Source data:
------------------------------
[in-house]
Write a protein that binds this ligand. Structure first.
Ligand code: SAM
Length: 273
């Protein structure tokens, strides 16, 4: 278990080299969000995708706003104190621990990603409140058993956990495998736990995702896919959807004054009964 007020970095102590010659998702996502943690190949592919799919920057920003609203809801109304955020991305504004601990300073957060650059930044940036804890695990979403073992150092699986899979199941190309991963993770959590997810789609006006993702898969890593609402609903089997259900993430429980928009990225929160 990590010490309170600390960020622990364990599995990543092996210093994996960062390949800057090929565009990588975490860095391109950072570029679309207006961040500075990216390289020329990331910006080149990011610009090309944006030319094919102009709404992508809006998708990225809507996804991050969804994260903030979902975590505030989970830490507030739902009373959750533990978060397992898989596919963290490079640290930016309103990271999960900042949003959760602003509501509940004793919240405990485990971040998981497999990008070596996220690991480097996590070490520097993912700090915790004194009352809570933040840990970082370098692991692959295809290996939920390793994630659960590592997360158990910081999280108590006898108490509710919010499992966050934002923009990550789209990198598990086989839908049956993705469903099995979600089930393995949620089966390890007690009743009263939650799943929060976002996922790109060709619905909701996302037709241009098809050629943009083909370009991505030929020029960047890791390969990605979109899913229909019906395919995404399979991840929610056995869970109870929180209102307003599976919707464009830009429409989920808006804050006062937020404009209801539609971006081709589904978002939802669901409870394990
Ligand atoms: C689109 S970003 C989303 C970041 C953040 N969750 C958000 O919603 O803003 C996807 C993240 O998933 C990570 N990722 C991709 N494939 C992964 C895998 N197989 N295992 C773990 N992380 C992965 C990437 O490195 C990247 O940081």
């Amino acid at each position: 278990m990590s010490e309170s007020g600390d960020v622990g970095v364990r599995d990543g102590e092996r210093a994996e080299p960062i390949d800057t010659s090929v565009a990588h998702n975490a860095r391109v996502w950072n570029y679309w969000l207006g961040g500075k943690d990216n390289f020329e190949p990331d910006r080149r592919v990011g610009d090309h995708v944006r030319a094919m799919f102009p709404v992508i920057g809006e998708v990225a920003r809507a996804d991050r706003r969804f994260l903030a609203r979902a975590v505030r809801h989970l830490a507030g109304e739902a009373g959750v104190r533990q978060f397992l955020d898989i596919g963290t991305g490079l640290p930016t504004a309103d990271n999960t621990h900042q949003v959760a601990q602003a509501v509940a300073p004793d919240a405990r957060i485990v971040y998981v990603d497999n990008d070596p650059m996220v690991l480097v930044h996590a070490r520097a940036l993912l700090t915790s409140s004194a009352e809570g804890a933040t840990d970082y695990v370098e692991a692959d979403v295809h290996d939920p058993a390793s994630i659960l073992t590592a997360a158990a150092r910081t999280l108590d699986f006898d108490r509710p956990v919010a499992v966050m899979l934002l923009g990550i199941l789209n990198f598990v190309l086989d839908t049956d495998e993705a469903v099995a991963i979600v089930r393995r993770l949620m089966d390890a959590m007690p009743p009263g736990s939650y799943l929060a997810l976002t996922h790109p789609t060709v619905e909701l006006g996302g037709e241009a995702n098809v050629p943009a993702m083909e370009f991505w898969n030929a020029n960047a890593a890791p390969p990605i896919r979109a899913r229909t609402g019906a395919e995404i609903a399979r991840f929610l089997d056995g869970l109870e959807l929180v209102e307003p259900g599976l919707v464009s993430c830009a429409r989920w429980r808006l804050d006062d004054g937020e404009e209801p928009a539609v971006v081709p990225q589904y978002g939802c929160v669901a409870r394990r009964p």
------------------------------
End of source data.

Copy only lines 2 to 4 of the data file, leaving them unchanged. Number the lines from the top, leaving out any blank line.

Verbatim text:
Write a protein that binds this ligand. Structure first.
Ligand code: SAM
Length: 273